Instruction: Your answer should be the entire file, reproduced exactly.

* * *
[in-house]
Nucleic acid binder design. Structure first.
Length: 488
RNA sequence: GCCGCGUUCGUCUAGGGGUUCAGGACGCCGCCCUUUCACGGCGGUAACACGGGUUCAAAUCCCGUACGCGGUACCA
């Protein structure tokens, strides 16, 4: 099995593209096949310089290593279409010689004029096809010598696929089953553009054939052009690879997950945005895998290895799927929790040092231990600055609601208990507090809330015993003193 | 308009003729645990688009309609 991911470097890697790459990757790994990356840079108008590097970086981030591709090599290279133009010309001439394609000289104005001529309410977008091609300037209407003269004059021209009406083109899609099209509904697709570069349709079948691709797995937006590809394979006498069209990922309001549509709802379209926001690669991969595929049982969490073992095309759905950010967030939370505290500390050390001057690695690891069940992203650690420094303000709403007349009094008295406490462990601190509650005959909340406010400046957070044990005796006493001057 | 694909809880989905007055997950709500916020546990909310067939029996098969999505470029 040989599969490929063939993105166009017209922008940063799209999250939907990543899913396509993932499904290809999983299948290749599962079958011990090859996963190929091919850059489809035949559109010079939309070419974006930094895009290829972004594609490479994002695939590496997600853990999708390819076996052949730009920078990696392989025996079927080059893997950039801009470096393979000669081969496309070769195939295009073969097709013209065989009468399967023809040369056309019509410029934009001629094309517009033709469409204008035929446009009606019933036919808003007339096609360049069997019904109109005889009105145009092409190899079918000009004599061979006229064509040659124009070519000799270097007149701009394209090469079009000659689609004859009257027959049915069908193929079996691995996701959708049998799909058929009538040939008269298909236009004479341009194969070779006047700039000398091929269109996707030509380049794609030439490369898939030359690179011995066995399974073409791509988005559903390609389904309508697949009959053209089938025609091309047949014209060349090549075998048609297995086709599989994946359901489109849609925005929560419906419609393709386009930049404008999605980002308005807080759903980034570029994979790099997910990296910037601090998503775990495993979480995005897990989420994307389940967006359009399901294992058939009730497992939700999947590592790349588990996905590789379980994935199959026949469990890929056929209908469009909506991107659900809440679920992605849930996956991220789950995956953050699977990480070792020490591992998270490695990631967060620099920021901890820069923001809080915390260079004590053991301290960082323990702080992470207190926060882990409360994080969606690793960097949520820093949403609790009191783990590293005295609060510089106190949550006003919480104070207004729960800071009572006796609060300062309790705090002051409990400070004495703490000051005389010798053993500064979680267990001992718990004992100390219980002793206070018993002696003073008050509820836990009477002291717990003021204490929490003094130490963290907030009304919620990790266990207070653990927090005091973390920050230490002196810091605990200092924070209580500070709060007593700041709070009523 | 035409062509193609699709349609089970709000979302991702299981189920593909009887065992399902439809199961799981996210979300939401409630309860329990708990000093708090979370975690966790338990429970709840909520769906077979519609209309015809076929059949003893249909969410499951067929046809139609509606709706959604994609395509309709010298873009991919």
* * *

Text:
[in-house]
Nucleic acid binder design. Structure first.
Length: 488
RNA sequence: GCCGCGUUCGUCUAGGGGUUCAGGACGCCGCCCUUUCACGGCGGUAACACGGGUUCAAAUCCCGUACGCGGUACCA
């Protein structure tokens, strides 16, 4: 099995593209096949310089290593279409010689004029096809010598696929089953553009054939052009690879997950945005895998290895799927929790040092231990600055609601208990507090809330015993003193 | 308009003729645990688009309609 991911470097890697790459990757790994990356840079108008590097970086981030591709090599290279133009010309001439394609000289104005001529309410977008091609300037209407003269004059021209009406083109899609099209509904697709570069349709079948691709797995937006590809394979006498069209990922309001549509709802379209926001690669991969595929049982969490073992095309759905950010967030939370505290500390050390001057690695690891069940992203650690420094303000709403007349009094008295406490462990601190509650005959909340406010400046957070044990005796006493001057 | 694909809880989905007055997950709500916020546990909310067939029996098969999505470029 040989599969490929063939993105166009017209922008940063799209999250939907990543899913396509993932499904290809999983299948290749599962079958011990090859996963190929091919850059489809035949559109010079939309070419974006930094895009290829972004594609490479994002695939590496997600853990999708390819076996052949730009920078990696392989025996079927080059893997950039801009470096393979000669081969496309070769195939295009073969097709013209065989009468399967023809040369056309019509410029934009001629094309517009033709469409204008035929446009009606019933036919808003007339096609360049069997019904109109005889009105145009092409190899079918000009004599061979006229064509040659124009070519000799270097007149701009394209090469079009000659689609004859009257027959049915069908193929079996691995996701959708049998799909058929009538040939008269298909236009004479341009194969070779006047700039000398091929269109996707030509380049794609030439490369898939030359690179011995066995399974073409791509988005559903390609389904309508697949009959053209089938025609091309047949014209060349090549075998048609297995086709599989994946359901489109849609925005929560419906419609393709386009930049404008999605980002308005807080759903980034570029994979790099997910990296910037601090998503775990495993979480995005897990989420994307389940967006359009399901294992058939009730497992939700999947590592790349588990996905590789379980994935199959026949469990890929056929209908469009909506991107659900809440679920992605849930996956991220789950995956953050699977990480070792020490591992998270490695990631967060620099920021901890820069923001809080915390260079004590053991301290960082323990702080992470207190926060882990409360994080969606690793960097949520820093949403609790009191783990590293005295609060510089106190949550006003919480104070207004729960800071009572006796609060300062309790705090002051409990400070004495703490000051005389010798053993500064979680267990001992718990004992100390219980002793206070018993002696003073008050509820836990009477002291717990003021204490929490003094130490963290907030009304919620990790266990207070653990927090005091973390920050230490002196810091605990200092924070209580500070709060007593700041709070009523 | 035409062509193609699709349609089970709000979302991702299981189920593909009887065992399902439809199961799981996210979300939401409630309860329990708990000093708090979370975690966790338990429970709840909520769906077979519609209309015809076929059949003893249909969410499951067929046809139609509606709706959604994609395509309709010298873009991919």